The Steel Industry


Although President Bush's steel products proclamation of March 5, 2002 highlighted the industry's troubles, they have long been evident in the Fourth District, where seven steel-makers have declared bankruptcy in the last 18 months.

The Bush administration's tariffs, ranging from 8% to 30%, will remain in effect for three years, but imports from NAFTA partners Canada and Mexico are excluded, as are imports from developing countries that are World Trade Organization members. The president may reconsider within the next three months and, if he deems appropriate, exclude any item listed in the proclamation. He will reevaluate the tariffs in 2003.

Within the U.S., six states derived more than $10 billion of gross state product from the primary metal and fabricated metal industries in 1999. Within the Fourth District, the areas with significant earnings from these industries are centered in Cleveland-Akron, Youngstown-Warren, Pittsburgh, and Wheeling.

In Ohio and Pennsylvania, employment in metal industries fell from 1972 through the recession of the early 1980s. Job losses moderated after 1984, and while employment continued to shrink, it did so at a much slower rate. Real earnings in metal industries followed an almost identical pattern from 1972 to 1999.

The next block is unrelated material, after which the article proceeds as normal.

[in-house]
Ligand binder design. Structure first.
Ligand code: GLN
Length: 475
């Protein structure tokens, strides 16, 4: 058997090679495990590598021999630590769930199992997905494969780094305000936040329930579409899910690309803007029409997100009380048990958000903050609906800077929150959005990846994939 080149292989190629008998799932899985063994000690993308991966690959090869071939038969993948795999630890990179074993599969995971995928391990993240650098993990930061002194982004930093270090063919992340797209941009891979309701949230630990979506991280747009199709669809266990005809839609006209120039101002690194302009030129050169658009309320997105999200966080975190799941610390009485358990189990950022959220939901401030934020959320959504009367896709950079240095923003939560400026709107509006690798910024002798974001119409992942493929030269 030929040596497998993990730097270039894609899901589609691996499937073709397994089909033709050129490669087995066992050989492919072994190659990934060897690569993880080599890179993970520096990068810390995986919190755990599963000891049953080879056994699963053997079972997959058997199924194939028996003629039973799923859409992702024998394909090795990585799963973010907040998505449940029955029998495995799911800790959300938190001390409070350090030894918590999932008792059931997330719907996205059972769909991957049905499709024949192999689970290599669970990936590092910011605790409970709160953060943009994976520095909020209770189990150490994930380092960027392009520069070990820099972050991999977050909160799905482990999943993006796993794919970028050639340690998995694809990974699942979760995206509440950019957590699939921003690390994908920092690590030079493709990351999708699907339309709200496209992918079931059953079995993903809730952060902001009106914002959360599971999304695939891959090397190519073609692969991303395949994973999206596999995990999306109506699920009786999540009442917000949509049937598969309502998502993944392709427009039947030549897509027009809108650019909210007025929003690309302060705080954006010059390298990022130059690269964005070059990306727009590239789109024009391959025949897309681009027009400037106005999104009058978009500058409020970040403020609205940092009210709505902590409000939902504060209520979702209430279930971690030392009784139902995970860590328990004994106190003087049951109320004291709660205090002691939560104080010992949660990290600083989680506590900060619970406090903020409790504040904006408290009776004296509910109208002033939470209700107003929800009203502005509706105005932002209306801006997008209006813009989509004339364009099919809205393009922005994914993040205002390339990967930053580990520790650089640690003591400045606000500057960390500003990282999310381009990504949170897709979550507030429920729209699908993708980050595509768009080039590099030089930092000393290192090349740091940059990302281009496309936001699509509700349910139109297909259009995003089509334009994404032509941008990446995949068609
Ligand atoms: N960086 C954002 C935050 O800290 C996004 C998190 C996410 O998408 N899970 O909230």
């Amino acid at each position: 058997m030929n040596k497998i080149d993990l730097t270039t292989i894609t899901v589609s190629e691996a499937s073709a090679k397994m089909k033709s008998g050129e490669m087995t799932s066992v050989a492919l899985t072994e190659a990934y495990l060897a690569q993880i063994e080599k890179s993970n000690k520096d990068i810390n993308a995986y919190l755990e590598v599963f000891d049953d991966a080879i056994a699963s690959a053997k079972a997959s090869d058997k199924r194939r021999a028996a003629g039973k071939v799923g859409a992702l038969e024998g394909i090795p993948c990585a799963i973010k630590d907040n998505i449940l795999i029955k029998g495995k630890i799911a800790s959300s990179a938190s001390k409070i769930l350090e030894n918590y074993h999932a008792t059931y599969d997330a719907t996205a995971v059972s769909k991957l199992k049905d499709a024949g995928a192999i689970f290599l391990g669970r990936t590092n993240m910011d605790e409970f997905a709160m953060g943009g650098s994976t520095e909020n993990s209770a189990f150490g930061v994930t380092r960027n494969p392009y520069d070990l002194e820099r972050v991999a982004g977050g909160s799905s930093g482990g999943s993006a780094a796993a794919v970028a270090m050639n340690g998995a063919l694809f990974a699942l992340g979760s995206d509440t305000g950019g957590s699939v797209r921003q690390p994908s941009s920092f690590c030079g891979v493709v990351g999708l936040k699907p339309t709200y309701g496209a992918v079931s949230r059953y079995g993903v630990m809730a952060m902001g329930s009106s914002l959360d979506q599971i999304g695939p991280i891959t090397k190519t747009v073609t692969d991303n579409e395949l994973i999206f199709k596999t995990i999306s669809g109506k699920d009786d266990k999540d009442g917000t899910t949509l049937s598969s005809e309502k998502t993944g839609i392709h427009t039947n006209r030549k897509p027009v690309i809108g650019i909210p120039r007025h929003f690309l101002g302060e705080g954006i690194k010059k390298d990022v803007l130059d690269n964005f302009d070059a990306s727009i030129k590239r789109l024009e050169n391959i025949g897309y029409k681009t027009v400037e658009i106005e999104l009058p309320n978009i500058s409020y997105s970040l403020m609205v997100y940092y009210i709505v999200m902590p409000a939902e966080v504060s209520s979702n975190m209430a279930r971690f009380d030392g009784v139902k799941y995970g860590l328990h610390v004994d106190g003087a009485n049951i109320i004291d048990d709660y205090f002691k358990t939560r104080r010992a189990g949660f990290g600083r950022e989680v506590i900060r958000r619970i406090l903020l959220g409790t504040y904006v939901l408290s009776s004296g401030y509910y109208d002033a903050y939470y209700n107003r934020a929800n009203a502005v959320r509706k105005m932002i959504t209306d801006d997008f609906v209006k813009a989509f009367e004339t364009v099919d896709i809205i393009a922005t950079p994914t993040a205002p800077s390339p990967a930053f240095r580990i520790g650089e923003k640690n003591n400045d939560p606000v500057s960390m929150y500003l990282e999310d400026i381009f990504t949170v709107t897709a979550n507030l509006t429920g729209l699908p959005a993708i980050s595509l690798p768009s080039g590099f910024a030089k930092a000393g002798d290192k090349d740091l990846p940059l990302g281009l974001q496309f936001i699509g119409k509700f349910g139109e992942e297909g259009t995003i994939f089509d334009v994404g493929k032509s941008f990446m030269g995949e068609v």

Because heavy manufacturing took hold significantly later in Kentucky than in Ohio and Pennsylvania, Kentucky's story is much different. Its metals industry includes far more mini-mills, smaller-scale manufacturing facilities that deal primarily with scrap or ready-made steel. In contrast, the integrated mills scattered across Ohio and Pennsylvania produce steel from raw materials before making it into parts used by their customers. Kentucky's employment in primary and fabricated metals was actually higher in 2001 than in 1972, and earnings have grown vigorously since the late 1980s. Compared to integrated mills' stories of bankruptcy and forced closures over the last two years, mini-mills have been relatively insulated from the industry's downturn. Most of the bankrupt steelmakers in the Fourth District specialize in production or processing.

While the actual impact of the tariffs remains to be seen, some foresee adverse effects, including a strain on steel-consuming industries (such as construction and manufacturers of appliances and automobiles) as their production costs rise along with steel prices. Such consuming industries are located throughout the District, but they coincide mostly with concentrations of heavy manufacturing.

Another adverse affect may be strained trade relations.

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